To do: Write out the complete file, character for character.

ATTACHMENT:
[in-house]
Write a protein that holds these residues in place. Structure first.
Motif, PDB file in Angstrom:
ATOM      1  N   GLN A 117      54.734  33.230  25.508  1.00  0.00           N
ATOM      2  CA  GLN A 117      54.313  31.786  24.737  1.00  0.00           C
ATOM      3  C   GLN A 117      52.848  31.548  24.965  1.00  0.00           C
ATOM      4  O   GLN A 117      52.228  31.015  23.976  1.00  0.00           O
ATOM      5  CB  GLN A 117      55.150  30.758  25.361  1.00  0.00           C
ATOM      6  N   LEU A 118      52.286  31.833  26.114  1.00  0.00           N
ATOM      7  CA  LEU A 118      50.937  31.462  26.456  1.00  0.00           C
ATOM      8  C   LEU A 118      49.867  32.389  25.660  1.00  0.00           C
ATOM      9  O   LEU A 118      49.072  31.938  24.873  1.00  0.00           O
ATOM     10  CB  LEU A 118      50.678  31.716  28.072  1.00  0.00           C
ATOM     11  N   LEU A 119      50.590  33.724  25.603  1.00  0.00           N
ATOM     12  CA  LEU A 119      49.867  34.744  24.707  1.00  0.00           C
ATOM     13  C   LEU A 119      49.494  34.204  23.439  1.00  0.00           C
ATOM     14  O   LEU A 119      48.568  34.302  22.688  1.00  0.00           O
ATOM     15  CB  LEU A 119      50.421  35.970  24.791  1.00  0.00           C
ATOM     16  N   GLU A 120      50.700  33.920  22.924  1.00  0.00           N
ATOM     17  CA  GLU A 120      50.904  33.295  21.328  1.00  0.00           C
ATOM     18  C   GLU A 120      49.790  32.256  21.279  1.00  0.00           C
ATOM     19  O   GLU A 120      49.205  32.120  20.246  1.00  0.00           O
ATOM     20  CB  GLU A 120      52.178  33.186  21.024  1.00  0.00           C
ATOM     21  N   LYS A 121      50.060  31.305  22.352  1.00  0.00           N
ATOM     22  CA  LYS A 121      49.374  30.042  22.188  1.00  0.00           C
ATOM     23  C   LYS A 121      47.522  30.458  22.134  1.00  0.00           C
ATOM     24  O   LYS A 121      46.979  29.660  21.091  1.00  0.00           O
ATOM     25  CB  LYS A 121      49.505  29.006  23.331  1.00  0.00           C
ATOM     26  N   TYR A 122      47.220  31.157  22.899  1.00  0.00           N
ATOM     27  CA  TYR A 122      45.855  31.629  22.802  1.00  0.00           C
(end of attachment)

[in-house]
Write a protein that holds these residues in place. Structure first.
Motif, PDB file in Angstrom:
ATOM      1  N   GLN A 117      54.734  33.230  25.508  1.00  0.00           N
ATOM      2  CA  GLN A 117      54.313  31.786  24.737  1.00  0.00           C
ATOM      3  C   GLN A 117      52.848  31.548  24.965  1.00  0.00           C
ATOM      4  O   GLN A 117      52.228  31.015  23.976  1.00  0.00           O
ATOM      5  CB  GLN A 117      55.150  30.758  25.361  1.00  0.00           C
ATOM      6  N   LEU A 118      52.286  31.833  26.114  1.00  0.00           N
ATOM      7  CA  LEU A 118      50.937  31.462  26.456  1.00  0.00           C
ATOM      8  C   LEU A 118      49.867  32.389  25.660  1.00  0.00           C
ATOM      9  O   LEU A 118      49.072  31.938  24.873  1.00  0.00           O
ATOM     10  CB  LEU A 118      50.678  31.716  28.072  1.00  0.00           C
ATOM     11  N   LEU A 119      50.590  33.724  25.603  1.00  0.00           N
ATOM     12  CA  LEU A 119      49.867  34.744  24.707  1.00  0.00           C
ATOM     13  C   LEU A 119      49.494  34.204  23.439  1.00  0.00           C
ATOM     14  O   LEU A 119      48.568  34.302  22.688  1.00  0.00           O
ATOM     15  CB  LEU A 119      50.421  35.970  24.791  1.00  0.00           C
ATOM     16  N   GLU A 120      50.700  33.920  22.924  1.00  0.00           N
ATOM     17  CA  GLU A 120      50.904  33.295  21.328  1.00  0.00           C
ATOM     18  C   GLU A 120      49.790  32.256  21.279  1.00  0.00           C
ATOM     19  O   GLU A 120      49.205  32.120  20.246  1.00  0.00           O
ATOM     20  CB  GLU A 120      52.178  33.186  21.024  1.00  0.00           C
ATOM     21  N   LYS A 121      50.060  31.305  22.352  1.00  0.00           N
ATOM     22  CA  LYS A 121      49.374  30.042  22.188  1.00  0.00           C
ATOM     23  C   LYS A 121      47.522  30.458  22.134  1.00  0.00           C
ATOM     24  O   LYS A 121      46.979  29.660  21.091  1.00  0.00           O
ATOM     25  CB  LYS A 121      49.505  29.006  23.331  1.00  0.00           C
ATOM     26  N   TYR A 122      47.220  31.157  22.899  1.00  0.00           N
ATOM     27  CA  TYR A 122      45.855  31.629  22.802  1.00  0.00           C